THE DIRECTION OF THE WORLD'S ECONOMY, EURASIA AND TURKEY
Commentary No : 2012 / 76
21.11.2012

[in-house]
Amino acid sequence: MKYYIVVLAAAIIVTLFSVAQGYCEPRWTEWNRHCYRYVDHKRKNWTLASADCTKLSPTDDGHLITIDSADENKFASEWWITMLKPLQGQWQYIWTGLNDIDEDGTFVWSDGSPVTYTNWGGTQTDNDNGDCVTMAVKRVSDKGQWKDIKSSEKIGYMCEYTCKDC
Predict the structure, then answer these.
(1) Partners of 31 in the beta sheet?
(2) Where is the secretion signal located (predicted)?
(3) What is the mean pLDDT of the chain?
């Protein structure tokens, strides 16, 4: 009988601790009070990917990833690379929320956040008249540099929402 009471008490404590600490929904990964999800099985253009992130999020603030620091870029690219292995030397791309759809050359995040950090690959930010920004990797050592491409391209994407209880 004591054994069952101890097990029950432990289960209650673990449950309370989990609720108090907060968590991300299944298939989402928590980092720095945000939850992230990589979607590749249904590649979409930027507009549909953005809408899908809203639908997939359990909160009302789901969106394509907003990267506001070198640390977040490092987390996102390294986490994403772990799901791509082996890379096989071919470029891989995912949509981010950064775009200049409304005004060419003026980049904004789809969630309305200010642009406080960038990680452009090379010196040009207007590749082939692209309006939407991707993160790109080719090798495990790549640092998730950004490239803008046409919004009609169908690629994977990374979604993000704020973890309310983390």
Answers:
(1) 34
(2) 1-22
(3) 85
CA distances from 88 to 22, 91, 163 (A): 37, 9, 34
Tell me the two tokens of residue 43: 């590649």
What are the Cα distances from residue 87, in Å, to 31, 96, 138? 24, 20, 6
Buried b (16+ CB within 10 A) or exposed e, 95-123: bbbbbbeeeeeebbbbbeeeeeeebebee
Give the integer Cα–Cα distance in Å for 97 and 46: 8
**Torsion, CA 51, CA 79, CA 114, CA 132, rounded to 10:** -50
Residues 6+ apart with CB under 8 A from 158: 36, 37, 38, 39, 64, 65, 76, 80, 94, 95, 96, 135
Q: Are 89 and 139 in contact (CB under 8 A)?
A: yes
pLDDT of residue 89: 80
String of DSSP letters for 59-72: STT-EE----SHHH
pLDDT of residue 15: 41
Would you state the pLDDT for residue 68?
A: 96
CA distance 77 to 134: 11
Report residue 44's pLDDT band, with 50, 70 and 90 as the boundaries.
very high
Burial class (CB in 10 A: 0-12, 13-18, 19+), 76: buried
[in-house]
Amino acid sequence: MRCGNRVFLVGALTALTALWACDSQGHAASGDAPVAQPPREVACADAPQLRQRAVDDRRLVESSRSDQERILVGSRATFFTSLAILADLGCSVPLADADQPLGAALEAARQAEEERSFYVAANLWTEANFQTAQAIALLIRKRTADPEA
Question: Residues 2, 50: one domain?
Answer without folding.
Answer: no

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The economic crises which the U.S. has not been able to overcome and which the EU has not found a way through yet also strains Eurasia in terms of fully exploiting its economical potential. When we look at the recent past, it could be seen that global economic depressions either resulted in war or were causes of a war. It is well known that economic interests guide and directs politics. Having taken lessons of historical experiences, in today's world , mechanisms have been formed in order to manage and harmonize economic interests. The organization which was formed as G-6 in 1975 by the US, UK, Japan, Germany, France and Italy, becaming G-7 the following year with the inclusion of Canada and G-8 in 1997 with the participation of Russia, has originated from the concept to shape global economy and politics through mutual understanding. The EU took its place among the members of this group with a special status. However, it has become evident in a short time that these eight actors fall short of being able to design the developments in global economics and when the UK and France’s initiatives to open the group to five new members (China, South Africa, Brazil and Mexico) failed, G-20 has been formed providing the opportunity for a more comprehensive global representation. During the Pittsburg Summit in September 2009, it has been put on record that G-20, as the main global economic council, has replaced G-8. Turkey will be hosting the G-20 Summit in 2015. The English Prime Minister has recently declared that the UK will be hosting the G-8 Summit in June 2013. The main interesting aspect of this announcement rather than being economic, is the fact that the conference will be held in North Ireland by the lakeside near the border of the Republic of Ireland indicating that the joint administration of the Protestant English and Catholic Irish now for five years in power has matured and that the separatist terrorist organization IRA no longer poses a threat. Another economic summit that merits attention is the conference of the D-8 leaders which met on 21-22 November in Pakistan. This group which was formed in June 1997 by developing countries whose populations are mostly Muslims (Indonesia, Malaysia, Bangladesh, Pakistan, Iran, Egypt, Nigeria and Turkey) has held its eighth summit by convening once in each country. The Secretariat of the D-8 is in Istanbul. (It is the second international secretariat in Istanbul besides the Black Sea Economic Cooperation Organization "BSEC"). Furthermore, the Summit of the Economic Cooperation Organization (ECO), formed by the republics of Central Asia, Afghanistan, Pakistan, Iran and Turkey, which was held recently in Azerbaijan has also been a milestone, drawing attention to the Eurasian economic development process. While negotiating for full membership with the European Union, Turkey is on its way to take its place in the process of global and Eurasian economic progress and guidance in direct proportion to its geographical position and economic development. It is probable that that this place will gain more prominence as the global economic gravity shifts from the West to the East towards the Pacific.


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